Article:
Search Results: "Valeria Docampo"


BOOK REVIEW

TIP-TAP POP by Sarah Lynn
CHILDREN'S
Released: Sept. 1, 2010

"A successful title in addressing a child's perspective of aging and memory loss, it nicely complements Mem Fox and Julie Vivas's classic Wilfrid Gordon McDonald Partridge. (Picture book. 5-10)"
The process of watching a loved one grow older with significant memory loss is full of unanswered questions—for adults as well as children. Read full book review >

BOOK REVIEW

STARLIGHT GREY by Liz Flanagan
CHILDREN'S
Released: Oct. 1, 2013

"A title for confident emerging readers interested in new princess and knight stories. (Early reader/folk tale. 6-8)"
This early-reader adaptation of a Russian story reads like a "Cinderella" tale but casts a third-born son as its protagonist. Read full book review >

BOOK REVIEW

THE ADVENTURERS by Rachel Elliot
CHILDREN'S
Released: Jan. 1, 2016

"Crossing the ocean like the Child and her friends, this mildly precious 2011 tale joins a plethora of similar journeys tempting younger readers to embark on imaginary flights. (Picture book. 6-8)"
Snow outside is no obstacle to world-spanning adventures inside for a child and her toys. Read full book review >

BOOK REVIEW

DANGEROUSLY EVER AFTER by Dashka Slater
CHILDREN'S
Released: Sept. 13, 2012

"Given that feisty, dirt-or-danger-loving princesses are almost a subgenre of princess books, don't choose this one first. (Picture book. 4-7)"
A story about a princess who relishes danger, illustrated with incongruous glossiness. Read full book review >

BOOK REVIEW

THE HOUSE AT THE END OF LADYBUG LANE by Elise Primavera
CHILDREN'S
Released: March 13, 2012

"Pleasant and amusing, but not quite a hit. (Picture book. 4-8)"
Angelina wants a pet, any pet, but to her neat-freak parents, an animal in the house would be intolerable. Read full book review >

BOOK REVIEW

PENELOPE CRUMB NEVER FORGETS by Shawn K. Stout
CHILDREN'S
Released: Jan. 24, 2013

"Readers will root for and relate to this fresh-voiced young heroine who joins the likes of Ramona, Judy Moody and Clementine. (Fiction. 7-10)"
Penelope Crumb is back with the same spunk and quirky narration that won readers over in her eponymous debut (2012). Read full book review >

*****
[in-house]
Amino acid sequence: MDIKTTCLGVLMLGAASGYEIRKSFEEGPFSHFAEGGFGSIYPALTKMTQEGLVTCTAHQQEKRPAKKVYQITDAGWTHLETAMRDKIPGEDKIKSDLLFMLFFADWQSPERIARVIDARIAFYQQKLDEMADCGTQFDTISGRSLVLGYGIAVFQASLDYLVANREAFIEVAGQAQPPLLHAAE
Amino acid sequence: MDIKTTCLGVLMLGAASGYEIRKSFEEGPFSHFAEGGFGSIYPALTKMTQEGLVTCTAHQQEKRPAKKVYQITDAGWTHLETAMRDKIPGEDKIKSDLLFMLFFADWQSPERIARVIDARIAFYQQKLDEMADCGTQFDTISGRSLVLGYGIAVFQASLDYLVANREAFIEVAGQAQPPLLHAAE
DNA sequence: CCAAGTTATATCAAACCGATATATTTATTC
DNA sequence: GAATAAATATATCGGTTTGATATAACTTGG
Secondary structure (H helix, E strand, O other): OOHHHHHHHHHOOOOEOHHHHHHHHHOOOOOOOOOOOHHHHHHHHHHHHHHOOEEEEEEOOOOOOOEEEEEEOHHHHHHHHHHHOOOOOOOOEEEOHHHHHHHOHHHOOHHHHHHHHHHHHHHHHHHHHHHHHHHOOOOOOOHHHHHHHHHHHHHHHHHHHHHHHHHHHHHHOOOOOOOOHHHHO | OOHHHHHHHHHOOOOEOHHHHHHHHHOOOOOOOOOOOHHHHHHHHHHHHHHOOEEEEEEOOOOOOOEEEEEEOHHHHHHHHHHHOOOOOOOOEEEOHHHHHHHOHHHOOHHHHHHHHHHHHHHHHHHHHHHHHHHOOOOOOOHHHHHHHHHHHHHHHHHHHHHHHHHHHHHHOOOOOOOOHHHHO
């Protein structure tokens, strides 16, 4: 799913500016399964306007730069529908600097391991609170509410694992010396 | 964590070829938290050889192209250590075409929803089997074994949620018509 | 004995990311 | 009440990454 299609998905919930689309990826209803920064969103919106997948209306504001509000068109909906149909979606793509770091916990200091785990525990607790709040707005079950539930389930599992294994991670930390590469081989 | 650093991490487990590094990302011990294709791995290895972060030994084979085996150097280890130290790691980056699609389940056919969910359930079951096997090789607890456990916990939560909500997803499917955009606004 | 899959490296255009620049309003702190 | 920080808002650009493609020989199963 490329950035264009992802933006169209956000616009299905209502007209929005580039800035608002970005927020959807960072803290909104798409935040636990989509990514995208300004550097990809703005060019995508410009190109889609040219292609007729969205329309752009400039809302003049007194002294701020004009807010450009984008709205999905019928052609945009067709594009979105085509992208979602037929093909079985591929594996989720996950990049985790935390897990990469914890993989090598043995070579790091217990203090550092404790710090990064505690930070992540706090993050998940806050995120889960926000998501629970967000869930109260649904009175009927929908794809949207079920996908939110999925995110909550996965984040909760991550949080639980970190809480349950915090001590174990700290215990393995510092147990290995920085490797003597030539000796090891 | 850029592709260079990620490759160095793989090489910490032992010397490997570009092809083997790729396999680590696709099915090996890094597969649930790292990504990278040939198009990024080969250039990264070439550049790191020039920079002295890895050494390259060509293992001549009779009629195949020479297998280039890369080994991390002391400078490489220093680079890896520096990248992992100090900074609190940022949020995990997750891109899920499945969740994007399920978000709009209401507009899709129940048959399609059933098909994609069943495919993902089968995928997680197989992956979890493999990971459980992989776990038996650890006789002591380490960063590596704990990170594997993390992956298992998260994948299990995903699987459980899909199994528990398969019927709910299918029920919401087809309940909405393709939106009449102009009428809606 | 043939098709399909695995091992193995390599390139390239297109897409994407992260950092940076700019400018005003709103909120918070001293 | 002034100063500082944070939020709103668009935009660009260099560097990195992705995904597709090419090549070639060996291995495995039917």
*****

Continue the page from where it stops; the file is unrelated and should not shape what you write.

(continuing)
BOOK REVIEW

THE THREE LITTLE TAMALES by Eric A. Kimmel
ANIMALS
Released: March 1, 2009

"A flavorful addition to the folktale shelf that begs to be shared with a group. (Picture book. 4-8)"
The traditional "Three Little Pigs" gets a southwestern flavor in Kimmel's latest updated tale, a takeoff on his previous The Runaway Tortilla (2000), illustrated by Randy Cecil. Read full book review >

BOOK REVIEW

PENELOPE CRUMB by Shawn K. Stout
CHILDREN'S
Released: Aug. 2, 2012

"Fans of Clementine and Ramona will cheer as new friend Penelope finds what she is looking for. (Fiction. 7-10)"
Penelope Crumb's large nose links her to her mysterious grandfather, who, it turns out, is not Graveyard Dead. Read full book review >

BOOK REVIEW

GEORGE BALANCHINE’S <i>THE NUTCRACKER</i> by New York City Ballet
CHILDREN'S
Released: Sept. 20, 2016

"An appealing production overall and a helpful introduction for children preparing to see the ballet, but it's one that needs some real little girls as artist's models. (Picture book. 4-8)"
This introduction to the ballet closely follows the production of the New York City Ballet, as originated by George Balanchine. Read full book review >

BOOK REVIEW

FICTION & LITERATURE
Released: July 2, 1993

"A contemporary Way of the Pilgrim, first published in Russia in 1989, that's also a profoundly moving look at the state of one brave Russian woman's soul."
A passionate, gorgeously written fictional account of an intellectual Russian woman's journey back to God and the Orthodox Christianity of her ancestors. ``Veronica,'' a widow in her mid-40s, journeys to the ancient monastery of Dzhvari in Georgia with her beloved son Mitya. Read full book review >

BOOK REVIEW

DAY EQUALS NIGHT by Valeria Narbikova
Released: Dec. 18, 1998

"That's about it, in a first novel whose supposedly scandalous opening scene is so swaddled in crisscrossing literary allusions that it's impossible to be sure who's doing what, and with what, to whom."
A barrage of digressions and references to her country's classic authors (mainly Pushkin, but also Tolstoy, Bely, Tsvetaeva, et al.) add minimal—and much-needed—color and life to this otherwise wan tale of adultery and boredom among Moscow's contemporary Bohemians. Read full book review >